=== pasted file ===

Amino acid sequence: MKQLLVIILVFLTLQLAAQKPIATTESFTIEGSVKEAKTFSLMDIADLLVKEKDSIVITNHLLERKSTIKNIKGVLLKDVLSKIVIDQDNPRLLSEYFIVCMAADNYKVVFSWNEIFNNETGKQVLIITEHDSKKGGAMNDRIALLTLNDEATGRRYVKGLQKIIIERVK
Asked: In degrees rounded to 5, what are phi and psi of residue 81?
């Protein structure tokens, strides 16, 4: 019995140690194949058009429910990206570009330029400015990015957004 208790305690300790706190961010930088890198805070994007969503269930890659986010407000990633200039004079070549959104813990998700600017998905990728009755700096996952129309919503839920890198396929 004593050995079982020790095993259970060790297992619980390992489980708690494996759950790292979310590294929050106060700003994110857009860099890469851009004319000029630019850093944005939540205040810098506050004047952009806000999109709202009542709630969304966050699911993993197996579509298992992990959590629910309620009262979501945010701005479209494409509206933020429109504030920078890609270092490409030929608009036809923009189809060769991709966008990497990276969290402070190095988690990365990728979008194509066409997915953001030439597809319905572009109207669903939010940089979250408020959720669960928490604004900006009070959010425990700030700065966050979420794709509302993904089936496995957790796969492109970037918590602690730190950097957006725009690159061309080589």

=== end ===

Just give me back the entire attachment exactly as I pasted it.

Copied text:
Amino acid sequence: MKQLLVIILVFLTLQLAAQKPIATTESFTIEGSVKEAKTFSLMDIADLLVKEKDSIVITNHLLERKSTIKNIKGVLLKDVLSKIVIDQDNPRLLSEYFIVCMAADNYKVVFSWNEIFNNETGKQVLIITEHDSKKGGAMNDRIALLTLNDEATGRRYVKGLQKIIIERVK
Asked: In degrees rounded to 5, what are phi and psi of residue 81?
């Protein structure tokens, strides 16, 4: 019995140690194949058009429910990206570009330029400015990015957004 208790305690300790706190961010930088890198805070994007969503269930890659986010407000990633200039004079070549959104813990998700600017998905990728009755700096996952129309919503839920890198396929 004593050995079982020790095993259970060790297992619980390992489980708690494996759950790292979310590294929050106060700003994110857009860099890469851009004319000029630019850093944005939540205040810098506050004047952009806000999109709202009542709630969304966050699911993993197996579509298992992990959590629910309620009262979501945010701005479209494409509206933020429109504030920078890609270092490409030929608009036809923009189809060769991709966008990497990276969290402070190095988690990365990728979008194509066409997915953001030439597809319905572009109207669903939010940089979250408020959720669960928490604004900006009070959010425990700030700065966050979420794709509302993904089936496995957790796969492109970037918590602690730190950097957006725009690159061309080589």